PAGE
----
Exploring the history of Phoenix, Arizona and a little bit of Los Angeles and San Francisco, California. This blog is advertising-free, and is supported by my subscribers on Patreon. History adventuring posts are shared there daily. The basic tier is a dollar a month, and the PhD tier, which includes "then and now" photos, billboards, aerials, videos, and super high-definition photos, is five dollars a month, and is discounted for seniors, veterans, and students. If you're a subscriber, thank you! You make this happen!
How to be comfortable living in Phoenix, Arizona
If you've recently moved to Phoenix, Arizona, it may be a bit uncomfortable. Of course, the first thing you'll need to do is to make sure that you have good air conditioning, especially in your car. It gets insanely hot in Phoenix! But being comfortable living somewhere runs deeper than that. I see people who never seem to get comfortable in Phoenix, and I think that I can help.
I moved to Phoenix from Minneapolis, Minnesota, when I was 19. Aside from the first lesson (getting decent air conditioning), I tried to get comfortable with the Phoenix culture. And, by the way, if you've never lived anywhere except Phoenix, you really don't see a culture, it's just the way things are done. But to a midwestern boy on his own, it was all very different, and strange, and wonderful.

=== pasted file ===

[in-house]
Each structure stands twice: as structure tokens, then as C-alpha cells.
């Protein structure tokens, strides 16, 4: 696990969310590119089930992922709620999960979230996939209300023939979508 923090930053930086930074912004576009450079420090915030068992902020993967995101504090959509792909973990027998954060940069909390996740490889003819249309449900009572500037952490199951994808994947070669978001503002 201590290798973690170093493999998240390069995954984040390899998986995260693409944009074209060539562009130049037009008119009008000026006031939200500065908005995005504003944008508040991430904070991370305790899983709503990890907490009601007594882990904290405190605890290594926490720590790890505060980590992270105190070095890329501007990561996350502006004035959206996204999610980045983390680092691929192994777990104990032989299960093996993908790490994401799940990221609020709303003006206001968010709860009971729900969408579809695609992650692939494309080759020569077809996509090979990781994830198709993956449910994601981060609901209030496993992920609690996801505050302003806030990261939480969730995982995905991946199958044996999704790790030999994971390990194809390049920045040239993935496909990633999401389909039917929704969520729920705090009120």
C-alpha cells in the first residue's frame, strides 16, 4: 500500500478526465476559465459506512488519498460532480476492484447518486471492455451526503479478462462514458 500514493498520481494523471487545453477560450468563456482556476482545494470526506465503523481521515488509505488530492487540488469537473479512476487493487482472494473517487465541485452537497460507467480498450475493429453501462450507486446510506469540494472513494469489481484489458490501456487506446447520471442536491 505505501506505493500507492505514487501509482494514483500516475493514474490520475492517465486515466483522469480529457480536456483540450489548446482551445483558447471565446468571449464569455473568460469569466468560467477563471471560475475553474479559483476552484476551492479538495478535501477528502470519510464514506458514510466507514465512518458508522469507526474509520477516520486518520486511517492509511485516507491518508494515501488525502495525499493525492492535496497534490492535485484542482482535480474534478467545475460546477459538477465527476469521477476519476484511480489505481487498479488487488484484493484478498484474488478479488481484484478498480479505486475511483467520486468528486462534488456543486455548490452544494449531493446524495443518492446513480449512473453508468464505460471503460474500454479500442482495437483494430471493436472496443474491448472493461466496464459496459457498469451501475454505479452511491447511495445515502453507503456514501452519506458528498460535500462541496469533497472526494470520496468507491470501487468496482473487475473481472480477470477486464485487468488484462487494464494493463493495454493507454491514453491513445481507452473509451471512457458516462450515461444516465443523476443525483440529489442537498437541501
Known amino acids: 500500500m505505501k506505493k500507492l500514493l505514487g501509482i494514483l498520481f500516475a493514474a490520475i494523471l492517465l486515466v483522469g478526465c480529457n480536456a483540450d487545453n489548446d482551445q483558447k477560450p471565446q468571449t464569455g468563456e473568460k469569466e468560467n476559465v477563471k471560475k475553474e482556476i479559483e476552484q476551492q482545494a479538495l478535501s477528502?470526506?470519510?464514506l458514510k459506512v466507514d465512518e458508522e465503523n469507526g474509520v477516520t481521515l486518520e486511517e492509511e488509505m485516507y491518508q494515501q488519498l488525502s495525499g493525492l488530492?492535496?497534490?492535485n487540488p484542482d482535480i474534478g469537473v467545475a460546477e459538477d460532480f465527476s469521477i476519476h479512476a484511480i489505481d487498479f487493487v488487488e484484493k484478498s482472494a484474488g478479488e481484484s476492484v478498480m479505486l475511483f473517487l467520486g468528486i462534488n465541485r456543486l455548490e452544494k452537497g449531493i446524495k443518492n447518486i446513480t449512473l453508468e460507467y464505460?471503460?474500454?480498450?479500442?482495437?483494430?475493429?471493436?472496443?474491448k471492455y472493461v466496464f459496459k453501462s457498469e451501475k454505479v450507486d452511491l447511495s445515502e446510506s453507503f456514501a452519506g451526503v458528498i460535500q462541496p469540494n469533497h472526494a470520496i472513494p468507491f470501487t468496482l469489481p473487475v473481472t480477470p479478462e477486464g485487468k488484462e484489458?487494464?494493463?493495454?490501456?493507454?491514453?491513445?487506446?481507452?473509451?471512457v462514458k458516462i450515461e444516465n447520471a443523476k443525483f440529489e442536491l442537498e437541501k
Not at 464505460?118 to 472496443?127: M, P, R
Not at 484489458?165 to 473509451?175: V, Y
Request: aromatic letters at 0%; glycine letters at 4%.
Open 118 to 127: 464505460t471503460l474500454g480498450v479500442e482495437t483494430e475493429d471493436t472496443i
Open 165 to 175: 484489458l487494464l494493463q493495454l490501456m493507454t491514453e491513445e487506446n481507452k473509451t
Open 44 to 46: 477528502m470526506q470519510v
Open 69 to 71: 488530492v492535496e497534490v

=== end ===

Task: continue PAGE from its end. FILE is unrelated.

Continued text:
The first thing that I did was to eat some Mexican food. I had friends who took me to La Cucaracha, which was on 7th Street and Indian School. I know that I liked it right away, and I recall my friends laughing at me as I reached over and grabbed the nearest water I could find, even though my food wasn't all that spicy (for them!).
And that leads me into something that may make some people uncomfortable, that is, understanding a bit of the hispanic culture. One of the friends that I made at ASU had been born in Mexico, and I hung around with him a lot. I met his family, I visited his neighborhood. I had learned a little Spanish in High School, and I tried to use a bit of it, and I practice. I remember how delighted his dad was that I could talk to him in Spanish.
When I moved to California, I continued to seek out people who were locals. I wasn't ashamed of being from Minnesota, but I really didn't want to be one of those people who swam in the ocean in the winter (we California locals just called them all "Canadians").
Of course, what has happened to me over the years is that I am neither a real local in Phoenix, or Los Angeles, nor am I a true Minnesotan anymore. When I've visited Minneapolis to see old friends, I often felt as if I should have been wearing a serape, or a sombrero. I haven't been back there in years, but I wonder if you can now get any decent Mexican food there?
I became comfortable living in Phoenix, as I made it my own. I never suffered from homesickness, because Phoenix is my home, and hopefully always will be.
Image at the top of this post: Looking north over downtown Phoenix in the 1970s.
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Posted by Brad Hall